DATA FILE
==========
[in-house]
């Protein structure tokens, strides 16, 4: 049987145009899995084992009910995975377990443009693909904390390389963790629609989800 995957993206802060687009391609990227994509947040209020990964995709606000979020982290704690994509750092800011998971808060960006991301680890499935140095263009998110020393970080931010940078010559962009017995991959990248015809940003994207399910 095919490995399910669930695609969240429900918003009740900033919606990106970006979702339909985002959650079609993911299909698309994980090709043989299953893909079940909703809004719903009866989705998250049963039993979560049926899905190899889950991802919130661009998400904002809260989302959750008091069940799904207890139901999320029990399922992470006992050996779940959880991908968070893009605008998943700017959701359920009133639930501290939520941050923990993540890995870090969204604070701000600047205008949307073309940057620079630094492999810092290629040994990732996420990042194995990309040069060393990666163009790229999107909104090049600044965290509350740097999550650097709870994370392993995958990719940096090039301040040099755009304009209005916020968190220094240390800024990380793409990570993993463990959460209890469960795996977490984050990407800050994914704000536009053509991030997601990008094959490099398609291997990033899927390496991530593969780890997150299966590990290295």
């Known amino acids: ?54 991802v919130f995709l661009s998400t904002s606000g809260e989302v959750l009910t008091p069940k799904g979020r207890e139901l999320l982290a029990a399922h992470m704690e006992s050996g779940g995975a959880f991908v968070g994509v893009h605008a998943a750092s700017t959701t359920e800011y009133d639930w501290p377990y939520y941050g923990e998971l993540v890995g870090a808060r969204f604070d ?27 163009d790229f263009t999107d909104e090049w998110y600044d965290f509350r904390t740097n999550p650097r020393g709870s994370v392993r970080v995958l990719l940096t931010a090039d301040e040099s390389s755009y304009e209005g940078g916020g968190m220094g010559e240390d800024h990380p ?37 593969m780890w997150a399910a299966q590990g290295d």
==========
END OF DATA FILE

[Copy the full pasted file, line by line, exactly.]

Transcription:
[in-house]
């Protein structure tokens, strides 16, 4: 049987145009899995084992009910995975377990443009693909904390390389963790629609989800 995957993206802060687009391609990227994509947040209020990964995709606000979020982290704690994509750092800011998971808060960006991301680890499935140095263009998110020393970080931010940078010559962009017995991959990248015809940003994207399910 095919490995399910669930695609969240429900918003009740900033919606990106970006979702339909985002959650079609993911299909698309994980090709043989299953893909079940909703809004719903009866989705998250049963039993979560049926899905190899889950991802919130661009998400904002809260989302959750008091069940799904207890139901999320029990399922992470006992050996779940959880991908968070893009605008998943700017959701359920009133639930501290939520941050923990993540890995870090969204604070701000600047205008949307073309940057620079630094492999810092290629040994990732996420990042194995990309040069060393990666163009790229999107909104090049600044965290509350740097999550650097709870994370392993995958990719940096090039301040040099755009304009209005916020968190220094240390800024990380793409990570993993463990959460209890469960795996977490984050990407800050994914704000536009053509991030997601990008094959490099398609291997990033899927390496991530593969780890997150299966590990290295």
């Known amino acids: ?54 991802v919130f995709l661009s998400t904002s606000g809260e989302v959750l009910t008091p069940k799904g979020r207890e139901l999320l982290a029990a399922h992470m704690e006992s050996g779940g995975a959880f991908v968070g994509v893009h605008a998943a750092s700017t959701t359920e800011y009133d639930w501290p377990y939520y941050g923990e998971l993540v890995g870090a808060r969204f604070d ?27 163009d790229f263009t999107d909104e090049w998110y600044d965290f509350r904390t740097n999550p650097r020393g709870s994370v392993r970080v995958l990719l940096t931010a090039d301040e040099s390389s755009y304009e209005g940078g916020g968190m220094g010559e240390d800024h990380p ?37 593969m780890w997150a399910a299966q590990g290295d």